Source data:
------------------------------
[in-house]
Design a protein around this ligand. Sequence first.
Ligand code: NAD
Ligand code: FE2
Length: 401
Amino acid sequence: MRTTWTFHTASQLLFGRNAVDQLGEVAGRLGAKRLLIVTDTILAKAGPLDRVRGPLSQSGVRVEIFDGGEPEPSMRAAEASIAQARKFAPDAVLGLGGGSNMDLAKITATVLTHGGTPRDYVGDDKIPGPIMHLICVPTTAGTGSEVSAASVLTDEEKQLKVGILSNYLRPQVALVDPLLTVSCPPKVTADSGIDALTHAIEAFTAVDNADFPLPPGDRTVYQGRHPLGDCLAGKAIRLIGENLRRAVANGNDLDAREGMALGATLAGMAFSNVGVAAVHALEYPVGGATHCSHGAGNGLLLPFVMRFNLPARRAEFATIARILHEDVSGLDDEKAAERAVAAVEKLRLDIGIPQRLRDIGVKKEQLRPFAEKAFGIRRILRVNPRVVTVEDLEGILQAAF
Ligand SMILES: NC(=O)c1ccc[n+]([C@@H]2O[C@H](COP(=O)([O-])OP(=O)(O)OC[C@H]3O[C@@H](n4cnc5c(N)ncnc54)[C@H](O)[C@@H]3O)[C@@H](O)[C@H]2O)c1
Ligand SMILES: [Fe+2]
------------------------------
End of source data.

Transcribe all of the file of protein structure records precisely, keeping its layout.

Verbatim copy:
[in-house]
Design a protein around this ligand. Sequence first.
Ligand code: NAD
Ligand code: FE2
Length: 401
Amino acid sequence: MRTTWTFHTASQLLFGRNAVDQLGEVAGRLGAKRLLIVTDTILAKAGPLDRVRGPLSQSGVRVEIFDGGEPEPSMRAAEASIAQARKFAPDAVLGLGGGSNMDLAKITATVLTHGGTPRDYVGDDKIPGPIMHLICVPTTAGTGSEVSAASVLTDEEKQLKVGILSNYLRPQVALVDPLLTVSCPPKVTADSGIDALTHAIEAFTAVDNADFPLPPGDRTVYQGRHPLGDCLAGKAIRLIGENLRRAVANGNDLDAREGMALGATLAGMAFSNVGVAAVHALEYPVGGATHCSHGAGNGLLLPFVMRFNLPARRAEFATIARILHEDVSGLDDEKAAERAVAAVEKLRLDIGIPQRLRDIGVKKEQLRPFAEKAFGIRRILRVNPRVVTVEDLEGILQAAF
Ligand SMILES: NC(=O)c1ccc[n+]([C@@H]2O[C@H](COP(=O)([O-])OP(=O)(O)OC[C@H]3O[C@@H](n4cnc5c(N)ncnc54)[C@H](O)[C@@H]3O)[C@@H](O)[C@H]2O)c1
Ligand SMILES: [Fe+2]